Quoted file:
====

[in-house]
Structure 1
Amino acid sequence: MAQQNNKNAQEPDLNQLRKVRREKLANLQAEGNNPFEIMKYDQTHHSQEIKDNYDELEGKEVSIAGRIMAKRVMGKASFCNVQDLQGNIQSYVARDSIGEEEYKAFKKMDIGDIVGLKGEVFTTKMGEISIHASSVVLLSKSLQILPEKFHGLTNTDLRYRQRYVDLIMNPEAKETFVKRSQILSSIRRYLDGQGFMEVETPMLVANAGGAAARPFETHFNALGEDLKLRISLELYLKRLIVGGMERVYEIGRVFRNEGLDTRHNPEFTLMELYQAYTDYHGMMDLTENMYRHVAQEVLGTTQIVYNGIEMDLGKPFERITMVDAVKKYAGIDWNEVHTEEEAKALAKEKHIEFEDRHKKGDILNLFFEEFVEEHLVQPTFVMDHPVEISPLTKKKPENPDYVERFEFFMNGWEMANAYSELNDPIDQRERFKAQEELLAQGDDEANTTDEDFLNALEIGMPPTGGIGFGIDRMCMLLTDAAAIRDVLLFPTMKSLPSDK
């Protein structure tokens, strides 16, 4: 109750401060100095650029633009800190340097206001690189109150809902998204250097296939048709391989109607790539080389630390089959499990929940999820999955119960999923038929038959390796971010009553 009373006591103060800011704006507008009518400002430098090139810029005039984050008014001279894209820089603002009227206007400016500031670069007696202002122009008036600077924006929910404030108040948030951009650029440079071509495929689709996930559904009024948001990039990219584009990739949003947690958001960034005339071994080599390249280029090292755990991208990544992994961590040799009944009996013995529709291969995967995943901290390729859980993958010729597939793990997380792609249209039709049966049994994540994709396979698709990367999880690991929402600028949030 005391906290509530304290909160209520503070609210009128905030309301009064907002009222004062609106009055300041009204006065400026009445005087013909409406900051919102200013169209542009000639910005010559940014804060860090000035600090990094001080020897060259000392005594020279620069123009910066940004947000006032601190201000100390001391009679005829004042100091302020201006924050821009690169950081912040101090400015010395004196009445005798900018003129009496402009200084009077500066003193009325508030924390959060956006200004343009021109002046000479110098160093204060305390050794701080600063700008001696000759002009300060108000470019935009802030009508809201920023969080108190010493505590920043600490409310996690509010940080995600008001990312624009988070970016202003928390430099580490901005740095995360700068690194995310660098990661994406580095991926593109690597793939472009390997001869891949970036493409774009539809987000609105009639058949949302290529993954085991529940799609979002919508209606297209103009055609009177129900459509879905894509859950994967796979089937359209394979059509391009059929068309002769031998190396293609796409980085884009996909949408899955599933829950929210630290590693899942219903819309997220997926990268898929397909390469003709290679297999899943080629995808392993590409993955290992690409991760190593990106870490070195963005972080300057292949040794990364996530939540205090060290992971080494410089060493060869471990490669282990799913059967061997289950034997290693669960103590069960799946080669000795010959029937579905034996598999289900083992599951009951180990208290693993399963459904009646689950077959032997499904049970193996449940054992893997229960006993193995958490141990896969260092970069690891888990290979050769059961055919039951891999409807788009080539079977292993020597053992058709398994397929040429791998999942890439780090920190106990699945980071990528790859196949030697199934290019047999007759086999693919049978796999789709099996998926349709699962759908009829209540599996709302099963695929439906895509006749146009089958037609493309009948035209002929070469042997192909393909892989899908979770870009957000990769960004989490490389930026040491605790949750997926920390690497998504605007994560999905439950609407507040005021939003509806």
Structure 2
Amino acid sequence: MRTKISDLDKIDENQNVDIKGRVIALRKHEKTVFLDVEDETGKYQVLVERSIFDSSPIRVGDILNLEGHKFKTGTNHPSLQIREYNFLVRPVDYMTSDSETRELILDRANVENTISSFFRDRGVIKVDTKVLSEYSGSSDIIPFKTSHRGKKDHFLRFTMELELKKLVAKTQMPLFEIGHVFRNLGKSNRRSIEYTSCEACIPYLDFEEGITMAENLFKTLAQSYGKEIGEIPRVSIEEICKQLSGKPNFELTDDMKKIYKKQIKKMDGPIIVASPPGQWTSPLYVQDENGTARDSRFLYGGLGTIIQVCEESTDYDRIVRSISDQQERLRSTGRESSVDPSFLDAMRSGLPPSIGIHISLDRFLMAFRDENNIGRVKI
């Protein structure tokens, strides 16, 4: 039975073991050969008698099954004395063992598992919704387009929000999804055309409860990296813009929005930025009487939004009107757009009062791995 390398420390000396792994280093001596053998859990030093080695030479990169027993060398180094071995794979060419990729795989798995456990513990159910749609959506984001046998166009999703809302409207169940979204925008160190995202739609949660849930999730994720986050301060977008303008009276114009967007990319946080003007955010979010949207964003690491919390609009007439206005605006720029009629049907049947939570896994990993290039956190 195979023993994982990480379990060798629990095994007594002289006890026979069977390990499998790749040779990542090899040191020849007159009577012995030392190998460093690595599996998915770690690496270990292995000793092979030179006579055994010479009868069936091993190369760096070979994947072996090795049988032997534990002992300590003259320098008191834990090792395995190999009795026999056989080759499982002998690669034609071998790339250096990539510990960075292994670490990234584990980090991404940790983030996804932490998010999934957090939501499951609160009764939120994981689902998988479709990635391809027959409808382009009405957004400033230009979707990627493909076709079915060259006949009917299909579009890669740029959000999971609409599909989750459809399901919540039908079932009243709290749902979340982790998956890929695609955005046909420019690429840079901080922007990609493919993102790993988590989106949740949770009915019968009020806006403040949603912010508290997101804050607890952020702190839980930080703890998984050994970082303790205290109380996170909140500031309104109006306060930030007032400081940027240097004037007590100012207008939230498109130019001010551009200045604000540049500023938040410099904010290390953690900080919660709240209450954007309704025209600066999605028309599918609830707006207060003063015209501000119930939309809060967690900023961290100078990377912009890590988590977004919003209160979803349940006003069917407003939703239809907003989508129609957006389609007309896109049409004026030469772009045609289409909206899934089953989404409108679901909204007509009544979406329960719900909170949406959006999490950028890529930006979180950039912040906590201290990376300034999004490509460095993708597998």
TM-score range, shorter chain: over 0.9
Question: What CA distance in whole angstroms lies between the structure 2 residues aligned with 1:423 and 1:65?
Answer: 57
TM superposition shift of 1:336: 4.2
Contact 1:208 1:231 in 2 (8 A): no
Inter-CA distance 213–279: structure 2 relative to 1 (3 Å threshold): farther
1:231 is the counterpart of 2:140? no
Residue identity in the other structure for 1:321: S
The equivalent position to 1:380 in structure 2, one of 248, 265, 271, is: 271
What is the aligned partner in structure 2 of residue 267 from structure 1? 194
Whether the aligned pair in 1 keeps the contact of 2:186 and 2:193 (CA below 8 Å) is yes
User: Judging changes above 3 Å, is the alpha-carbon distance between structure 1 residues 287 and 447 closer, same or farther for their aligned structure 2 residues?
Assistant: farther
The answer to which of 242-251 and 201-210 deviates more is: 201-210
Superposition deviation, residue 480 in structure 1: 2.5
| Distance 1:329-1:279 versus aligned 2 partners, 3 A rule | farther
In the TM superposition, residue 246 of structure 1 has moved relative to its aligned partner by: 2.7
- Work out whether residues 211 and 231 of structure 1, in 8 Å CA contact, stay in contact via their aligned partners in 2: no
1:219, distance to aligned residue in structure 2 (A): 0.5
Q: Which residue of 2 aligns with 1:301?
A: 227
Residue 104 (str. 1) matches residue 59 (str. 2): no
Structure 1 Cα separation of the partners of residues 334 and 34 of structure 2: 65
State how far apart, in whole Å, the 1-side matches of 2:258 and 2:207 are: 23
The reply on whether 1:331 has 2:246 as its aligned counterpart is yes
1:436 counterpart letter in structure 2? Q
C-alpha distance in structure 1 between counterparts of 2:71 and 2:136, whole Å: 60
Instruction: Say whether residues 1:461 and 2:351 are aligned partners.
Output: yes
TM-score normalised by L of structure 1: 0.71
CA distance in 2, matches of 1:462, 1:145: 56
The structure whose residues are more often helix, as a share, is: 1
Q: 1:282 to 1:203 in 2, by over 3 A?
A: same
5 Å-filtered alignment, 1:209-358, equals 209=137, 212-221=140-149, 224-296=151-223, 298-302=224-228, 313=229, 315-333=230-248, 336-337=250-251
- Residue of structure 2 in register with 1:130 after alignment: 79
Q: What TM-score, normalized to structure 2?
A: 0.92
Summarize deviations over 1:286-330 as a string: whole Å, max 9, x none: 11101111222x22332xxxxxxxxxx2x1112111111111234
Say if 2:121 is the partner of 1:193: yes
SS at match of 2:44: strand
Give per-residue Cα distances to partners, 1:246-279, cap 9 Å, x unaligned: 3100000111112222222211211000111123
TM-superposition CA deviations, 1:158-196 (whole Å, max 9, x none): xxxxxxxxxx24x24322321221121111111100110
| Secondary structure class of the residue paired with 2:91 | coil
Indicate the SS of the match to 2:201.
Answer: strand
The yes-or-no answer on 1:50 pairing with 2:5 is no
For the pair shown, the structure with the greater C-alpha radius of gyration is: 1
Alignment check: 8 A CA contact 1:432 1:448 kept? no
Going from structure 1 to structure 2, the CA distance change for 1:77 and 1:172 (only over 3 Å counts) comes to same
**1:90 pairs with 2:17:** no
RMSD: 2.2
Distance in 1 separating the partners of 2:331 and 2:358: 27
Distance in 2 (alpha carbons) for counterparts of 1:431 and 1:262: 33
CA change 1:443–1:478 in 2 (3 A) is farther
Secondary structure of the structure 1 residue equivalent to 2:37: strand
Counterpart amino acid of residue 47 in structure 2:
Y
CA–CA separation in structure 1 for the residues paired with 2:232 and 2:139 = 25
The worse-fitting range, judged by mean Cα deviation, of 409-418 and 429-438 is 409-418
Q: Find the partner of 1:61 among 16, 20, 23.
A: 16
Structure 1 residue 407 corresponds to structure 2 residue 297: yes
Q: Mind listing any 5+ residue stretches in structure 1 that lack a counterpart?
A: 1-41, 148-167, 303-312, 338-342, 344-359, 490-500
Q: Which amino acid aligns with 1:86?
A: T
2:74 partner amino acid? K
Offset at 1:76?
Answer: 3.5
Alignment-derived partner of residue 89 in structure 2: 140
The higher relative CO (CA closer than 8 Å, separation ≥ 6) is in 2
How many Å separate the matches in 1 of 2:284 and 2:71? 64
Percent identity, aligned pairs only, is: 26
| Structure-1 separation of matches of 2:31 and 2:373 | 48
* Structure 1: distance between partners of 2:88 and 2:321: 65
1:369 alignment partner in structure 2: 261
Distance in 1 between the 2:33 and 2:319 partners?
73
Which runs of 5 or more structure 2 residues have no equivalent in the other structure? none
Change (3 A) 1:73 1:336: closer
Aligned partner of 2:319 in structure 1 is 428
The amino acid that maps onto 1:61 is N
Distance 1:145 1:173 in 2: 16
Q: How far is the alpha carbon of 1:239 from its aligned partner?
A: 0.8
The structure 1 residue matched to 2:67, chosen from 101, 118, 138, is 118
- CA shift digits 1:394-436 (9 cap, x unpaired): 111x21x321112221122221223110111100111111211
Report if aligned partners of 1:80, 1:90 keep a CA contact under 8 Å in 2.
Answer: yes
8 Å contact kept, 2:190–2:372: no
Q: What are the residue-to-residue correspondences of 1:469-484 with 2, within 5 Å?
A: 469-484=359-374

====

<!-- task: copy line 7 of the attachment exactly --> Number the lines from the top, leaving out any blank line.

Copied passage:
């Protein structure tokens, strides 16, 4: 039975073991050969008698099954004395063992598992919704387009929000999804055309409860990296813009929005930025009487939004009107757009009062791995 390398420390000396792994280093001596053998859990030093080695030479990169027993060398180094071995794979060419990729795989798995456990513990159910749609959506984001046998166009999703809302409207169940979204925008160190995202739609949660849930999730994720986050301060977008303008009276114009967007990319946080003007955010979010949207964003690491919390609009007439206005605006720029009629049907049947939570896994990993290039956190 195979023993994982990480379990060798629990095994007594002289006890026979069977390990499998790749040779990542090899040191020849007159009577012995030392190998460093690595599996998915770690690496270990292995000793092979030179006579055994010479009868069936091993190369760096070979994947072996090795049988032997534990002992300590003259320098008191834990090792395995190999009795026999056989080759499982002998690669034609071998790339250096990539510990960075292994670490990234584990980090991404940790983030996804932490998010999934957090939501499951609160009764939120994981689902998988479709990635391809027959409808382009009405957004400033230009979707990627493909076709079915060259006949009917299909579009890669740029959000999971609409599909989750459809399901919540039908079932009243709290749902979340982790998956890929695609955005046909420019690429840079901080922007990609493919993102790993988590989106949740949770009915019968009020806006403040949603912010508290997101804050607890952020702190839980930080703890998984050994970082303790205290109380996170909140500031309104109006306060930030007032400081940027240097004037007590100012207008939230498109130019001010551009200045604000540049500023938040410099904010290390953690900080919660709240209450954007309704025209600066999605028309599918609830707006207060003063015209501000119930939309809060967690900023961290100078990377912009890590988590977004919003209160979803349940006003069917407003939703239809907003989508129609957006389609007309896109049409004026030469772009045609289409909206899934089953989404409108679901909204007509009544979406329960719900909170949406959006999490950028890529930006979180950039912040906590201290990376300034999004490509460095993708597998």